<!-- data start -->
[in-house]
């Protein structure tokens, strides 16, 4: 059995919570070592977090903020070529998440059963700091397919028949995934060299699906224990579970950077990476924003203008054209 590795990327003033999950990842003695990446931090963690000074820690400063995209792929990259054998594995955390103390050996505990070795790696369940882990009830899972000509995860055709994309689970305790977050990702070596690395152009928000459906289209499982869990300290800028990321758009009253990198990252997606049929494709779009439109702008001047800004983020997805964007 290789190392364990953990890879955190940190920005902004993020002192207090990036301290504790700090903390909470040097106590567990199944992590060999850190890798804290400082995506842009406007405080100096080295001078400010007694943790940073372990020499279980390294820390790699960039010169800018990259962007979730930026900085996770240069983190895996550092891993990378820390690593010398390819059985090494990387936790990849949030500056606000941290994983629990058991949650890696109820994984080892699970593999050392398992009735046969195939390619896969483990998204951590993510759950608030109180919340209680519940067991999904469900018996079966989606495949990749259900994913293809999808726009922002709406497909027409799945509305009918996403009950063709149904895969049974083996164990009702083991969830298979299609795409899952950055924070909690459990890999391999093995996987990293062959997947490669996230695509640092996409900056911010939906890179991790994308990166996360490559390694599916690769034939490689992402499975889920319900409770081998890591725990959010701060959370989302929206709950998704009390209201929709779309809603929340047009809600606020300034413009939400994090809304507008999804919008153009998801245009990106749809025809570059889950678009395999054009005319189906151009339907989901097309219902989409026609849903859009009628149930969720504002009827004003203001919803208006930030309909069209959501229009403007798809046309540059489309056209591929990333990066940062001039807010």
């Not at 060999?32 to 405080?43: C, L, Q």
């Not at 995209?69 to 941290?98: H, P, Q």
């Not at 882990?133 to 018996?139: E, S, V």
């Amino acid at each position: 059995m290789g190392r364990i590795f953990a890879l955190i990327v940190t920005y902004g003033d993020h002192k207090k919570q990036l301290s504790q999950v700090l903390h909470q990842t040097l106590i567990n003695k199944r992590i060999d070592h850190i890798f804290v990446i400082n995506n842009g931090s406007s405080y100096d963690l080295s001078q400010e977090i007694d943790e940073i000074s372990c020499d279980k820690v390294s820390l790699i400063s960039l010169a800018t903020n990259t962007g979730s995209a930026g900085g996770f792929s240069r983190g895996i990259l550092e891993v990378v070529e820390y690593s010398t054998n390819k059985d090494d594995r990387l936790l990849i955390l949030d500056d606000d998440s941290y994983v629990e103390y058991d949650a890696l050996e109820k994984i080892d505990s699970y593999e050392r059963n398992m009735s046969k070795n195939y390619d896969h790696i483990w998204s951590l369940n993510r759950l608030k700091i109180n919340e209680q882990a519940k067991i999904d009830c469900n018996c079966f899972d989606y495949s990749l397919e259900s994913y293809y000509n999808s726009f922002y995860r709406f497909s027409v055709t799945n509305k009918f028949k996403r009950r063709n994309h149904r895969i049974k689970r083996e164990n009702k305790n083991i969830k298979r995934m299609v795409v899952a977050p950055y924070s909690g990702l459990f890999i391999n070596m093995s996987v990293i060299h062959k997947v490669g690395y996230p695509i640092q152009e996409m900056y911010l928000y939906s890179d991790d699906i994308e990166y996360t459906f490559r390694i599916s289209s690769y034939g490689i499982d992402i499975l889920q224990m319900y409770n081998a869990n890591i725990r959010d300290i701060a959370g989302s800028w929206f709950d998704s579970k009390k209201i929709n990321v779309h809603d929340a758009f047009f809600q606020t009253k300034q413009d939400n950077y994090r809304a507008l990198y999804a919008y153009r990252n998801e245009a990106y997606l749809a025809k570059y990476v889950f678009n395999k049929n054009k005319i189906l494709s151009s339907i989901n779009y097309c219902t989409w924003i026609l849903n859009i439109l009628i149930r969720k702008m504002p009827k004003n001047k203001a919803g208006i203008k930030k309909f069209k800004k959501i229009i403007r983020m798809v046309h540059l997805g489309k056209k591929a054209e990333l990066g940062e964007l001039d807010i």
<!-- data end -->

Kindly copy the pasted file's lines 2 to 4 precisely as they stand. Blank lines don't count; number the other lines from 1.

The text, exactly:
């Protein structure tokens, strides 16, 4: 059995919570070592977090903020070529998440059963700091397919028949995934060299699906224990579970950077990476924003203008054209 590795990327003033999950990842003695990446931090963690000074820690400063995209792929990259054998594995955390103390050996505990070795790696369940882990009830899972000509995860055709994309689970305790977050990702070596690395152009928000459906289209499982869990300290800028990321758009009253990198990252997606049929494709779009439109702008001047800004983020997805964007 290789190392364990953990890879955190940190920005902004993020002192207090990036301290504790700090903390909470040097106590567990199944992590060999850190890798804290400082995506842009406007405080100096080295001078400010007694943790940073372990020499279980390294820390790699960039010169800018990259962007979730930026900085996770240069983190895996550092891993990378820390690593010398390819059985090494990387936790990849949030500056606000941290994983629990058991949650890696109820994984080892699970593999050392398992009735046969195939390619896969483990998204951590993510759950608030109180919340209680519940067991999904469900018996079966989606495949990749259900994913293809999808726009922002709406497909027409799945509305009918996403009950063709149904895969049974083996164990009702083991969830298979299609795409899952950055924070909690459990890999391999093995996987990293062959997947490669996230695509640092996409900056911010939906890179991790994308990166996360490559390694599916690769034939490689992402499975889920319900409770081998890591725990959010701060959370989302929206709950998704009390209201929709779309809603929340047009809600606020300034413009939400994090809304507008999804919008153009998801245009990106749809025809570059889950678009395999054009005319189906151009339907989901097309219902989409026609849903859009009628149930969720504002009827004003203001919803208006930030309909069209959501229009403007798809046309540059489309056209591929990333990066940062001039807010």
């Not at 060999?32 to 405080?43: C, L, Q």
């Not at 995209?69 to 941290?98: H, P, Q």